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Causes Of The Salem Witch Trials: Political, Religious And Social

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Between the months of June to September of 1692, the infamous witch trials in Salem, Massachusetts resulted in the hanging of 19 men and women; the deaths of five others, including two children, while imprisoned in jail; the pressing to death of an 80-year old man, and the stoning of two dogs for collaborating with the Devil. Hundreds of others faced accusations and dozens more were jailed for months during the progress of the trials. For over three hundred years these events have not only captured the general publics' imagination, but that of the academic community. Beginning with Charles Upham, in 1867, historians have attempted to explain the mass hysteria that swept through Salem in 1692. These accounts vary both in their interpretation of the events and the aspects focused upon. For example, according to Upham, the afflicted girls, who were the principle witnesses against the witches, had deliberately lied. Succeeding generations of historians, however, had cited mass hysteria, rigors of puritan childrearing and ergot poisoning as explanations for the afflicted girls' behaviors. Furthermore, others have minimized the girls' involvement within the proceedings, focusing instead upon the issues surrounding the trials--political and economic factors, social concerns or interpersonal relationships between the accused and their accusers. Such authors as Enders A. Robinson, The Devil Discovered, Paul Boyer and Stephen Nissenbaum, Salem Possessed, and Mary Beth Norton, In the Devil's Snare, all provide compelling evidence as to why the witch hysteria erupted in Salem Village. However, no one narrative can, by itself, adequately explain why the hysteria was allowed to sweep across Salem Village and throughout Essex County virtually unchecked by the Puritan hierarchy or the royal government. In order to truly understand why these events transpired when and where they did, one must examine the witchcraft epidemic in its larger social context. It was not one or two isolated factors that created an environment conducive to the Salem Trials, but a long series of interlocking events that reached their climatic end within the tiny Village of Salem.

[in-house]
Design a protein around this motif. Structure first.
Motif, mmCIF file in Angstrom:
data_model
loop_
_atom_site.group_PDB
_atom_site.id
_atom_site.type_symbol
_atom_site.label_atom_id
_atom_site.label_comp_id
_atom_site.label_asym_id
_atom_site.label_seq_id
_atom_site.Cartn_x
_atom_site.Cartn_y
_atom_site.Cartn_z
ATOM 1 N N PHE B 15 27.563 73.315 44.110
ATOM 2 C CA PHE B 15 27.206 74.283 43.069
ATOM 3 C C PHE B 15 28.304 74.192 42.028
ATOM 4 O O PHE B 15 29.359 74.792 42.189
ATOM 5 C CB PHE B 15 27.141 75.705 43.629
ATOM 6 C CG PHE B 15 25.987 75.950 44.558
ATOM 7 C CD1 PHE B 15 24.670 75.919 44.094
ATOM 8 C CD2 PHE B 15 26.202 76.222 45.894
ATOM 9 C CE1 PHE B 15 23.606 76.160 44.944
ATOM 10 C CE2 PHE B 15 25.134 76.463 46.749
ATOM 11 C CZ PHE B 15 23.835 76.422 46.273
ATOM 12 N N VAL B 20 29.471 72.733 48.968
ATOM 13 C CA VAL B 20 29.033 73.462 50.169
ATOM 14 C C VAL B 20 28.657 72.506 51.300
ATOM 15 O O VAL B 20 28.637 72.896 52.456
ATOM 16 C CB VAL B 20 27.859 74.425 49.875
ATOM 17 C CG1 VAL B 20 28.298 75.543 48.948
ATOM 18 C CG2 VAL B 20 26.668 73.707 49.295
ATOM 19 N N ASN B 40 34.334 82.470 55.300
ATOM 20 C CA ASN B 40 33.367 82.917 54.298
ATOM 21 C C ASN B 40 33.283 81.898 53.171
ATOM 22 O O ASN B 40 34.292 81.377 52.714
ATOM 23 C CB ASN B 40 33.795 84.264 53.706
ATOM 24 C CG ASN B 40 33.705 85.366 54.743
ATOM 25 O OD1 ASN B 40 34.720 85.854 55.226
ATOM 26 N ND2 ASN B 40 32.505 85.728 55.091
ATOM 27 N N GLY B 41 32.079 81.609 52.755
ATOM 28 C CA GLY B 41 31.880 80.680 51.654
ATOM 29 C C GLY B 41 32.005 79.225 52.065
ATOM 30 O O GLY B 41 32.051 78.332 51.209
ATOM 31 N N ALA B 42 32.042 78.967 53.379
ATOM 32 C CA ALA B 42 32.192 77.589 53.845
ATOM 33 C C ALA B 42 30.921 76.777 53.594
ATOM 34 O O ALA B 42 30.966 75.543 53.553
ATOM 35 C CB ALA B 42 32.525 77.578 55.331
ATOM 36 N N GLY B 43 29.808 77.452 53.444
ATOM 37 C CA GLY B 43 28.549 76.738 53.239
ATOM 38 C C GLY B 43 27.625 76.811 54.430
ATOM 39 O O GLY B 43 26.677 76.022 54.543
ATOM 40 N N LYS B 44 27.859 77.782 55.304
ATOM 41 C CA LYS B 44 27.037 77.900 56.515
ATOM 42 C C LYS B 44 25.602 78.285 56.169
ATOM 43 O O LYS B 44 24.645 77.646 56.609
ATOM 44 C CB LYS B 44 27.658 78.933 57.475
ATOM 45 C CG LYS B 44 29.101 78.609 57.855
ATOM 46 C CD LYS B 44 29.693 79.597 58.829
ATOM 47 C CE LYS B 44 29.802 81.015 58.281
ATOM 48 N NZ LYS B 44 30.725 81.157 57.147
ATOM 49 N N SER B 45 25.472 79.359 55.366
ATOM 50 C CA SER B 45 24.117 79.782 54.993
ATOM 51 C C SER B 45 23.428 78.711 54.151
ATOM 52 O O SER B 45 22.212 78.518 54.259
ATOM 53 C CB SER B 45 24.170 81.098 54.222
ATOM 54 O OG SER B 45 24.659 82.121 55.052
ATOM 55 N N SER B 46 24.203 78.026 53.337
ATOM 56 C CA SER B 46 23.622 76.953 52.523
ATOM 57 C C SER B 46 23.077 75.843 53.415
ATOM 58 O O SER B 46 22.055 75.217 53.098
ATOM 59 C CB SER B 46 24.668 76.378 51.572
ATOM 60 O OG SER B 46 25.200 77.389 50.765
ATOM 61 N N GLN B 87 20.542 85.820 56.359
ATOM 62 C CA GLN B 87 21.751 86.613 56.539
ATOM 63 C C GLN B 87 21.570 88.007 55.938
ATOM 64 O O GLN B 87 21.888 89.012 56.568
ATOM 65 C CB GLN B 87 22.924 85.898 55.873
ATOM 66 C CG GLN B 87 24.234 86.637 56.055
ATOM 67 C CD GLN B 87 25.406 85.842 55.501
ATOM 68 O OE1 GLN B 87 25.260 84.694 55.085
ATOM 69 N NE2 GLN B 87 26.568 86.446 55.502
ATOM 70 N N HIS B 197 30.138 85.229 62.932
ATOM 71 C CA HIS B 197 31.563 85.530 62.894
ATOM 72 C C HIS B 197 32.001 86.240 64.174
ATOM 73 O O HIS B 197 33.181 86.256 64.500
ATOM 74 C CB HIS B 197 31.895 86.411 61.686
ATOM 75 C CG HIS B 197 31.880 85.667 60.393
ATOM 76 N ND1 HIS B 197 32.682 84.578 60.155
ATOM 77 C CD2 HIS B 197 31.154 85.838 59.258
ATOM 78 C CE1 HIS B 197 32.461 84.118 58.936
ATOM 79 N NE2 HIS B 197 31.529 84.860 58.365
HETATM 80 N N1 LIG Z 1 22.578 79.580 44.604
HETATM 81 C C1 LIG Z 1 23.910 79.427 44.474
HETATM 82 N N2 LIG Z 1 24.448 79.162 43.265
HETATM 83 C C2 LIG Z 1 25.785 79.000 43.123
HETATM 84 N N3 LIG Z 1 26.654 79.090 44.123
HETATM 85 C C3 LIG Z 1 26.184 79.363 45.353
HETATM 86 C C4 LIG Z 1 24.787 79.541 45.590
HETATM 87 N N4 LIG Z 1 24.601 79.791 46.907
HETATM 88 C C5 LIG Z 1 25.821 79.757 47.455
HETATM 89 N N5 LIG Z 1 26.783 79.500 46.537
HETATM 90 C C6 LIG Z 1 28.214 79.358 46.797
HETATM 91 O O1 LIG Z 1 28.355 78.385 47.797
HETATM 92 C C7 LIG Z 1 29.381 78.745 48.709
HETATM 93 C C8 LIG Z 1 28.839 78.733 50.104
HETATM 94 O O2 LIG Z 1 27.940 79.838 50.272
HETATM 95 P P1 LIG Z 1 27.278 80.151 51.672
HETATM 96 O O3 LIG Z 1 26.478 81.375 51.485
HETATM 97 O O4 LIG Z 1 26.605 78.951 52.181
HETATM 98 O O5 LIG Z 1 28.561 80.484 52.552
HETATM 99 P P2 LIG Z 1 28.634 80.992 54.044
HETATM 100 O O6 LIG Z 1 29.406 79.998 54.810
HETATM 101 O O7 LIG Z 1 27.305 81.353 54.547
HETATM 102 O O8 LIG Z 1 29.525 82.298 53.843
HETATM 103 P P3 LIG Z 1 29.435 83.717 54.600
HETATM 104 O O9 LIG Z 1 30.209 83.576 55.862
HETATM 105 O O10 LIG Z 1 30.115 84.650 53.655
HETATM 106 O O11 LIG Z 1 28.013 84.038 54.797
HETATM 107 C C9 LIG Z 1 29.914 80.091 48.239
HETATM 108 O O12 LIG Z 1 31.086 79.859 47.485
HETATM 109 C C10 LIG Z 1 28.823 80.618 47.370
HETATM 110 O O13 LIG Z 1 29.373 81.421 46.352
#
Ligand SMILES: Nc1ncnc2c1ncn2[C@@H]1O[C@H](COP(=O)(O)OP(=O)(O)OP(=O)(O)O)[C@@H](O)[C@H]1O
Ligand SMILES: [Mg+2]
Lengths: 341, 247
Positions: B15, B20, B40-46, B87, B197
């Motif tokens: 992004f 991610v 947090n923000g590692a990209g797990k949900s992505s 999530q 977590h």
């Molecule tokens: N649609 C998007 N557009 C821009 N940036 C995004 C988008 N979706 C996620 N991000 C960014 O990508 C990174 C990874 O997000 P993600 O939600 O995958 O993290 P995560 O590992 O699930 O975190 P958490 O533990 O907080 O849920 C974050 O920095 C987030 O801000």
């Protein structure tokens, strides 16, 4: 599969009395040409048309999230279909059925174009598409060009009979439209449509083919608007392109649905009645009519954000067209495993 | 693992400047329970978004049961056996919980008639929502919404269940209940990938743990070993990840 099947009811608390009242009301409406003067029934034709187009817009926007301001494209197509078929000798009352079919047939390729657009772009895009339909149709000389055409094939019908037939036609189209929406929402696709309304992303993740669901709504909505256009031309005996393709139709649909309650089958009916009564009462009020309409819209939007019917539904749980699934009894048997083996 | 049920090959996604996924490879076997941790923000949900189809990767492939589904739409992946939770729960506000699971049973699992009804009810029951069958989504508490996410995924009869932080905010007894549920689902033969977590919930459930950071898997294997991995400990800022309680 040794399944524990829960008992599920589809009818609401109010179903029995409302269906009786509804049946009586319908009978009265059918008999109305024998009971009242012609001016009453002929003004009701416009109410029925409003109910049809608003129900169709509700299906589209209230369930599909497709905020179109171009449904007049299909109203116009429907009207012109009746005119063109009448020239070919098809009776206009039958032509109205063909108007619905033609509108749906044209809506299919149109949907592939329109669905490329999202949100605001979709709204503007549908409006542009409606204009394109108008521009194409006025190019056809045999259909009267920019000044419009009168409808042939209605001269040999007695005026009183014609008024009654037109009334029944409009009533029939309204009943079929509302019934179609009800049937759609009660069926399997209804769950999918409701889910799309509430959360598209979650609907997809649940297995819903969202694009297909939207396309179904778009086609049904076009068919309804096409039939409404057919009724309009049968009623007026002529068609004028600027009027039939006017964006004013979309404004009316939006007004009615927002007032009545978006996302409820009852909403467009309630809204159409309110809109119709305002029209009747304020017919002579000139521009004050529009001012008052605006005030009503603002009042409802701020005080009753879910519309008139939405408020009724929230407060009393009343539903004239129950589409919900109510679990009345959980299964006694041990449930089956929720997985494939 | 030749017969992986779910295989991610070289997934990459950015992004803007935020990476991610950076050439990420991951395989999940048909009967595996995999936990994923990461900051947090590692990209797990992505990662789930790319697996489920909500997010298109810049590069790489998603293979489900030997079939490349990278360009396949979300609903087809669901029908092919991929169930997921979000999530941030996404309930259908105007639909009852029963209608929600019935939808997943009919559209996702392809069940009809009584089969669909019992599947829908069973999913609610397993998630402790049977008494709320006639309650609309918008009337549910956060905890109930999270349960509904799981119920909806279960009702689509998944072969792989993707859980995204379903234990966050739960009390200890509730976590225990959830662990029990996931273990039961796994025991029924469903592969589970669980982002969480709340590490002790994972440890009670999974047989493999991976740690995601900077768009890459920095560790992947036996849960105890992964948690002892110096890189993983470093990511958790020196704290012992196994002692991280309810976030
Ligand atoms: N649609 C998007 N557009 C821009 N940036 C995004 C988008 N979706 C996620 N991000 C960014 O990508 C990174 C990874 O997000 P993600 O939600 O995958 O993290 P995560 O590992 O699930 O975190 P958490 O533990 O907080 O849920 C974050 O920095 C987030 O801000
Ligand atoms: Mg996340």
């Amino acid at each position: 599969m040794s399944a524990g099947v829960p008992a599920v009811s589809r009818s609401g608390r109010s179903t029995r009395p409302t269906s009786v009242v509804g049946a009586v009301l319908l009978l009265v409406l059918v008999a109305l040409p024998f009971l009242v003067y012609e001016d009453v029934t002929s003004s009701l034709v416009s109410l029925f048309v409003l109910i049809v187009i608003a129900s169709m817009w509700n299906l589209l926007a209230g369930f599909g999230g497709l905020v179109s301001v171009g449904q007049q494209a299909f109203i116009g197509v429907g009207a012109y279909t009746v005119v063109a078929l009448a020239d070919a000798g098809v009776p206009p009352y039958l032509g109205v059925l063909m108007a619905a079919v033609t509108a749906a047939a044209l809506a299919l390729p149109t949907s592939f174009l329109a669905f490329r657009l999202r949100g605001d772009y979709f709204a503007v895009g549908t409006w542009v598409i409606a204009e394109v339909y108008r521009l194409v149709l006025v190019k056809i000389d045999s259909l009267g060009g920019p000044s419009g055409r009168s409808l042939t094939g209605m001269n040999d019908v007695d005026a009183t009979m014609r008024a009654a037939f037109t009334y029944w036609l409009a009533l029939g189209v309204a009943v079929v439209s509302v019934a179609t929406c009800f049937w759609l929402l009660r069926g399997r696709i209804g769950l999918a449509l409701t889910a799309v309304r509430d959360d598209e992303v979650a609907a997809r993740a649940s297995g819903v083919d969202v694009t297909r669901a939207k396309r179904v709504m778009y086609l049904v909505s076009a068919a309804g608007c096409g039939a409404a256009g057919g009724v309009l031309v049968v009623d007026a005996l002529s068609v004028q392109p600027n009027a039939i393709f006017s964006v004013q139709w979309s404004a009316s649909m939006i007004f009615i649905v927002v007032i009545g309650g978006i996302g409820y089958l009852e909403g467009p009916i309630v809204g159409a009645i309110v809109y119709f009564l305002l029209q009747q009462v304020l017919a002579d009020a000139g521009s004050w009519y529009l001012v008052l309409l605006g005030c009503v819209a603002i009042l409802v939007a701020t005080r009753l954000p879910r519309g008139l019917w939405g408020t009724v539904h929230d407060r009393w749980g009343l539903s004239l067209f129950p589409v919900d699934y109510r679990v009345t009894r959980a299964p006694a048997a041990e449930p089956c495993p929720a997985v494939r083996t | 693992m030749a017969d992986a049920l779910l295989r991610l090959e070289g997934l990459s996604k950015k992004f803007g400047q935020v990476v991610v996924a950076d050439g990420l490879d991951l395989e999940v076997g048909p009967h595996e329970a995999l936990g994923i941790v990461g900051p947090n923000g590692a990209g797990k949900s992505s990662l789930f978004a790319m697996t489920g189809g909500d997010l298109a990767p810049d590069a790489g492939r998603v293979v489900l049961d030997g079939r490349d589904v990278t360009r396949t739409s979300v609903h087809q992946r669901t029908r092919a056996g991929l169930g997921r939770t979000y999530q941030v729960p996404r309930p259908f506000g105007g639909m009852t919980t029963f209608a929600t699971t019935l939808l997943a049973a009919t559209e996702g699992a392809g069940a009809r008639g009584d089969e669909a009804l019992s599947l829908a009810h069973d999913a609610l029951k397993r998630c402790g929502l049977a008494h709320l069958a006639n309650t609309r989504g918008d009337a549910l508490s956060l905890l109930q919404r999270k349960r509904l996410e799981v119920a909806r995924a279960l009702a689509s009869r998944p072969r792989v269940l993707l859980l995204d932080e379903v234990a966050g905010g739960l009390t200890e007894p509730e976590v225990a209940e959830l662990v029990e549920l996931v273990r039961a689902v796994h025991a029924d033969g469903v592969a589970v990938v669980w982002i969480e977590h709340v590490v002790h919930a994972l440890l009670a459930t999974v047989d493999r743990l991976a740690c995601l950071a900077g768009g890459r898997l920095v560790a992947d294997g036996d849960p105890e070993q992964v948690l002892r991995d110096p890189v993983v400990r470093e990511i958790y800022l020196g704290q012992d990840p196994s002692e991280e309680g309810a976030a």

Devils, witches, the existence of familiars, these were all common beliefs within the Puritan community of the 1600s. Therefore, it is not surprising that individuals would be accused of practicing witchcraft. Quite frequently those indicted on witchcraft charges were the malcontents within society; the homeless poor, caustic old women or those individuals who seriously threatened the norms of the society. However, as the Scientific Revolution gave way to the Enlightenment, juries were increasingly hesitant to convict even these individuals of witchcraft. Yet, throughout the colonies there were isolated hangings for witchcraft, however most of those indicted and hanged fit into the above mentioned categories. What is so remarkable about the Salem witchcraft trials was the sheer volume of accusations, the number of executions that took place within a remarkably short period of time and the types of individuals who were being accused of practicing black magic. As historians we must ask ourselves why. Why, at a time when it was becoming increasingly difficult to acquire a conviction of witchcraft, were so many accused sent to their deaths on the flimsiest of evidence? Furthermore, why were so many respectable and prominent individuals indicted on the mere testimony of young adolescent girls? Finally, why did magistrates and clergy give such weight to the testimony of those who under ordinary circumstances occupied the lower hierarchy of the Puritan household--female children and servants? It is precisely these inexplicable events that have led numerous historians to postulate varies theories as to why the trials were allowed to take place.